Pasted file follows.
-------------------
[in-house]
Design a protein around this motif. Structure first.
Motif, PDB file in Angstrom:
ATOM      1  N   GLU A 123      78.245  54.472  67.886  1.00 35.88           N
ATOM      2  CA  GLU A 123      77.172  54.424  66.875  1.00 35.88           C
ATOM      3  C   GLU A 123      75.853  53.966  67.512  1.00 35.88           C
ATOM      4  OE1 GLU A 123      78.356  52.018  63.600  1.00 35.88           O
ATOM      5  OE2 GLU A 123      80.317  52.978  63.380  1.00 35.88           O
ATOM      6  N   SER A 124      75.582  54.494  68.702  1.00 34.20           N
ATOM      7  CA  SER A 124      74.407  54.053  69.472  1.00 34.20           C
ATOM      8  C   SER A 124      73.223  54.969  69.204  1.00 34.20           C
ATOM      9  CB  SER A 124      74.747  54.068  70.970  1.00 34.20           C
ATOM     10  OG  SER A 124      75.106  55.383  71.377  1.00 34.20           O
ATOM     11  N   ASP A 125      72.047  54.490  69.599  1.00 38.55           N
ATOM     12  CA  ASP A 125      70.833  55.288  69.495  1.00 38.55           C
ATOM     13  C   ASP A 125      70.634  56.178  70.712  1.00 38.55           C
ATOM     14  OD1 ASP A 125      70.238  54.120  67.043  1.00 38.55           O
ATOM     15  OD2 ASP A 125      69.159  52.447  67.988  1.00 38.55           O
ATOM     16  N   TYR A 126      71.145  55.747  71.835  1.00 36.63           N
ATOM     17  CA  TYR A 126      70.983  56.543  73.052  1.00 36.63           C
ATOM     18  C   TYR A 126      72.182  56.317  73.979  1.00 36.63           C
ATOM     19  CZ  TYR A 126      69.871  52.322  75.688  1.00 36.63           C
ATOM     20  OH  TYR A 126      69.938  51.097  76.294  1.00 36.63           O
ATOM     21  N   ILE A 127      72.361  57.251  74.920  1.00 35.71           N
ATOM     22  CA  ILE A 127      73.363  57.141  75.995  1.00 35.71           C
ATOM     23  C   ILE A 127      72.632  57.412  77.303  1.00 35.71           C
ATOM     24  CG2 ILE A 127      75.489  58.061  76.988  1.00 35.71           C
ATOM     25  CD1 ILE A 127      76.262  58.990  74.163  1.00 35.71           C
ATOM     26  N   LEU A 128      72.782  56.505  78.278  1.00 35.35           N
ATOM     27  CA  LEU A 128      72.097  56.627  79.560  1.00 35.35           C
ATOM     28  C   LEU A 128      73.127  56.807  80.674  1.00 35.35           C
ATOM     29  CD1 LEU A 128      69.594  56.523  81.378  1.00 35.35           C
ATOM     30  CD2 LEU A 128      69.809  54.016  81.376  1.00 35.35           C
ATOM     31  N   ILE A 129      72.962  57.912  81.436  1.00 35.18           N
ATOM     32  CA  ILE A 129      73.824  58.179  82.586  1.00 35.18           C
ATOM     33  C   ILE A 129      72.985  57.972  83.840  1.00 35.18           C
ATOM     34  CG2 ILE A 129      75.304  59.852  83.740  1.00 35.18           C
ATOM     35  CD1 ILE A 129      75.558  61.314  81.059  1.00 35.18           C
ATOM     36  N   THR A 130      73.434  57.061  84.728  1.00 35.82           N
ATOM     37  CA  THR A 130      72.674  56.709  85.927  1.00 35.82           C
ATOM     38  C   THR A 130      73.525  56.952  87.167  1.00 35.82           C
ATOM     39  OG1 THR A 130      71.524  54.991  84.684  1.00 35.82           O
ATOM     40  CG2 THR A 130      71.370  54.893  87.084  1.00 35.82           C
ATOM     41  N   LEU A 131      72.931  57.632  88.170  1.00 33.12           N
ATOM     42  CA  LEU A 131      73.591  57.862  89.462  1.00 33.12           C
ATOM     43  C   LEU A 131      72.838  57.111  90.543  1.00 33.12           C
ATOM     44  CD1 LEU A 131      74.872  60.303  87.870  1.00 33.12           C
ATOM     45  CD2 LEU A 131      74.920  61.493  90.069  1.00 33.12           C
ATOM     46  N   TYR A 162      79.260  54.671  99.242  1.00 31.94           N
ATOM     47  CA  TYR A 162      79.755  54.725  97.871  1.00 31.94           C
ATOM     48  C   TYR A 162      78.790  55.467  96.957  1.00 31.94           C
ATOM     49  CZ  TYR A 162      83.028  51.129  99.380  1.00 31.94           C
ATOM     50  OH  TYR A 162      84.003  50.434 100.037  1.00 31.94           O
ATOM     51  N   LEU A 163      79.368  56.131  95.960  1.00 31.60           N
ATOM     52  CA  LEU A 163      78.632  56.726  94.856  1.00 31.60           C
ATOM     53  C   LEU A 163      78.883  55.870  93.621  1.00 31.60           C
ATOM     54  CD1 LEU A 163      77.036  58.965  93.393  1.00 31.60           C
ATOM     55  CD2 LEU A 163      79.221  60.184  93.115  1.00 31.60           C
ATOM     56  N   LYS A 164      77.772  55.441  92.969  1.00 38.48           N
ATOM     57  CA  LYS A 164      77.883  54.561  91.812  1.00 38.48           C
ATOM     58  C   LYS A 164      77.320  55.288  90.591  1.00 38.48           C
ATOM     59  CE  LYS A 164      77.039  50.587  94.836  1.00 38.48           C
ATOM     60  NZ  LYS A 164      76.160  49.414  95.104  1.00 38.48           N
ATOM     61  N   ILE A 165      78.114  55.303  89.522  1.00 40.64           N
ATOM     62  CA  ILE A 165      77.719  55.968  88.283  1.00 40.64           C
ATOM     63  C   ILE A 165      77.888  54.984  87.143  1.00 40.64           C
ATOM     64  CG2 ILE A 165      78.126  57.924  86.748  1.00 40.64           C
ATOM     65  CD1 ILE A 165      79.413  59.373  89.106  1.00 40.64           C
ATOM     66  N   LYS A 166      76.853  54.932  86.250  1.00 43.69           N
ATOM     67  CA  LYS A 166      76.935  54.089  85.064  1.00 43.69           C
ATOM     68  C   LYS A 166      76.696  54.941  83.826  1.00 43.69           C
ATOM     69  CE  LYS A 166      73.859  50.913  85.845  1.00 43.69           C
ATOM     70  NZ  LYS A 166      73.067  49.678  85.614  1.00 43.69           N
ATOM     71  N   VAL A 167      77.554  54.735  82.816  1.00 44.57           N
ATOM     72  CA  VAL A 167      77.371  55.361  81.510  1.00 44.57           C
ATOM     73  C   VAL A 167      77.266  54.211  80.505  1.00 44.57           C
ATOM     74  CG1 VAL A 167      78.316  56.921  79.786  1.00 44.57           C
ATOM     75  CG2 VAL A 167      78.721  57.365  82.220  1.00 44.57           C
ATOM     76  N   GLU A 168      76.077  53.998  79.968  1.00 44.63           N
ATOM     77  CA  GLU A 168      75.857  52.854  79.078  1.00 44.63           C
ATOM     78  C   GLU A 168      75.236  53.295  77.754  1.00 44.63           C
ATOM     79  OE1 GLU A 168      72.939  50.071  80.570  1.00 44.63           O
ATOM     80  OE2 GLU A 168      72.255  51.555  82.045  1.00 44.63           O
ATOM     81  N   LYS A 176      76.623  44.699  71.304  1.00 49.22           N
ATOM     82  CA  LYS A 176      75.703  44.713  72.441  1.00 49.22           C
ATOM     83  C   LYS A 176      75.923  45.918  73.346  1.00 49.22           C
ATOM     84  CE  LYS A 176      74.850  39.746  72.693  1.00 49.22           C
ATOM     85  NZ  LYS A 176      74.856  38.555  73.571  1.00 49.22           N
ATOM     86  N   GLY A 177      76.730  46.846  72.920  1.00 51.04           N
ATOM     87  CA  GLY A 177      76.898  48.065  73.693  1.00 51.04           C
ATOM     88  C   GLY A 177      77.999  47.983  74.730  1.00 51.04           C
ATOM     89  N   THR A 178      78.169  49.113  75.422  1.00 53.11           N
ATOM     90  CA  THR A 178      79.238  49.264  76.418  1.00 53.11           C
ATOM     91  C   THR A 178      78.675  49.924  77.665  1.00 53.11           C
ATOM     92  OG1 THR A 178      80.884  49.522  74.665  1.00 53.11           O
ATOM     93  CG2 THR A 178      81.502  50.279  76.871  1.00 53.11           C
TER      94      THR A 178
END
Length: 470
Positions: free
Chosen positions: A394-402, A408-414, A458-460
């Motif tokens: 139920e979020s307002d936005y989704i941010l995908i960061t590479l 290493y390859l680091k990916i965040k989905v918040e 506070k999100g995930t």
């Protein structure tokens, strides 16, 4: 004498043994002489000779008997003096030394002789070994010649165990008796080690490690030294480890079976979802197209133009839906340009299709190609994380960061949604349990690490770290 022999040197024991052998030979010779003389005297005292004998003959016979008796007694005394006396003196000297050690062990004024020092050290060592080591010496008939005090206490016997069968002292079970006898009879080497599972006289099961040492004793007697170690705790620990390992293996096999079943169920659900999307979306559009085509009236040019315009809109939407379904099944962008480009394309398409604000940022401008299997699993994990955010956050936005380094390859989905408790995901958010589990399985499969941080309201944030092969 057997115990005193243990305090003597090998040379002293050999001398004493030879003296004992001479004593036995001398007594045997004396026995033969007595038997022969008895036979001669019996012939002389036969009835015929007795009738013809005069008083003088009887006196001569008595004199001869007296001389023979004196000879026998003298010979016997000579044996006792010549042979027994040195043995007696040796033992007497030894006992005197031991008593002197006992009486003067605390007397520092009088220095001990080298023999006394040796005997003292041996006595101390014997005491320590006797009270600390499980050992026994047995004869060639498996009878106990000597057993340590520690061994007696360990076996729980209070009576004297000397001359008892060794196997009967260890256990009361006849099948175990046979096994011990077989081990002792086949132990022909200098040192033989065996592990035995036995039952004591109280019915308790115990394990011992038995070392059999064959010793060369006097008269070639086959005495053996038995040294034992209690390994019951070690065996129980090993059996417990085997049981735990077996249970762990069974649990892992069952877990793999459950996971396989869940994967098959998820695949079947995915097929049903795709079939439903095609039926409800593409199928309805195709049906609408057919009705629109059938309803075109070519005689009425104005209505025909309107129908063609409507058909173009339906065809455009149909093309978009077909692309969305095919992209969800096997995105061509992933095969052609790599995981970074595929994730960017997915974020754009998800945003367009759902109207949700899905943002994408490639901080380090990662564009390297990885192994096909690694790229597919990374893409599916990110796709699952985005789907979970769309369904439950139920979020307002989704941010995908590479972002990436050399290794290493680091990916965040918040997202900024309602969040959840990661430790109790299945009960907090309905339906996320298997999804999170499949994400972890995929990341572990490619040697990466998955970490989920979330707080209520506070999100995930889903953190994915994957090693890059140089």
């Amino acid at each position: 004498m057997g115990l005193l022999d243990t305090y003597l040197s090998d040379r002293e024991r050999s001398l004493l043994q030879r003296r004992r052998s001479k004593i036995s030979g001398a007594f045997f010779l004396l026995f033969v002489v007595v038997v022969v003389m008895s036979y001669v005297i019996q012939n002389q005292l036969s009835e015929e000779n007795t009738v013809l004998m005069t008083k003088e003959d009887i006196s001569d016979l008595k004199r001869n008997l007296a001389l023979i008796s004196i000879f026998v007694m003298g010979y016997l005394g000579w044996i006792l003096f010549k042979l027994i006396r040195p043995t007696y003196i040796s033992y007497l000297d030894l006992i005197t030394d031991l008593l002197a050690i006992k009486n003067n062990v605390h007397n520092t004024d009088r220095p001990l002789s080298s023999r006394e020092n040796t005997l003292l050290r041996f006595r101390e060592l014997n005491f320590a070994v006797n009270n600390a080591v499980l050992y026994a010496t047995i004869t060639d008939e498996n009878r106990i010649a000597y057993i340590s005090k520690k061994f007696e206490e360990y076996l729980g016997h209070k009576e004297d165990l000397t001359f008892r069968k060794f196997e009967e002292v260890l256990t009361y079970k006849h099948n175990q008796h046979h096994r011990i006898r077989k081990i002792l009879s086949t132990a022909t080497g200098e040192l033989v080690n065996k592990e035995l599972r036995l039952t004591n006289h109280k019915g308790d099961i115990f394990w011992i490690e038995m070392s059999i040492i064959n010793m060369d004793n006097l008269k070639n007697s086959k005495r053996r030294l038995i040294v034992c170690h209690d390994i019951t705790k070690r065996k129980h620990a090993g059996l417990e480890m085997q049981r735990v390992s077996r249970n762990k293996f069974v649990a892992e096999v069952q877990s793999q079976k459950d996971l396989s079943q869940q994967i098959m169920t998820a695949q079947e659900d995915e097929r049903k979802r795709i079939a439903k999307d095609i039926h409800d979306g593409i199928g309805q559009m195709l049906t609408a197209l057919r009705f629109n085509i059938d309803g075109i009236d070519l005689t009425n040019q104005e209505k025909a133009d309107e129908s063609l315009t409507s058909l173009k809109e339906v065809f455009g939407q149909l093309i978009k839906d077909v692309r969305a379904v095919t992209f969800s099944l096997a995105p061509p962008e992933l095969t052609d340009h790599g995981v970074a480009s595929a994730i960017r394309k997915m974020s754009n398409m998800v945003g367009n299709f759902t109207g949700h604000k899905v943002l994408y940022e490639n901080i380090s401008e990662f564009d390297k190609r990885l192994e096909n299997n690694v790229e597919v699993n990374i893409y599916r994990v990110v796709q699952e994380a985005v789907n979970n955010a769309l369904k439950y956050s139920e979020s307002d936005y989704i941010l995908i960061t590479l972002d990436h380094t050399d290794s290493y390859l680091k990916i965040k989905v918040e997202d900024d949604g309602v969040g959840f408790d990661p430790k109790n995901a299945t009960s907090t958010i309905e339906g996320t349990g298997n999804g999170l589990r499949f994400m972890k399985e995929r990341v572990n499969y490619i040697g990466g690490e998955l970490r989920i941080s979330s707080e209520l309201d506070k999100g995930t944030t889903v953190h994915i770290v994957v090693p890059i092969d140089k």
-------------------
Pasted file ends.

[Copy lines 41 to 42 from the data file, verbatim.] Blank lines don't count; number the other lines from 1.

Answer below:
ATOM     38  C   THR A 130      73.525  56.952  87.167  1.00 35.82           C
ATOM     39  OG1 THR A 130      71.524  54.991  84.684  1.00 35.82           O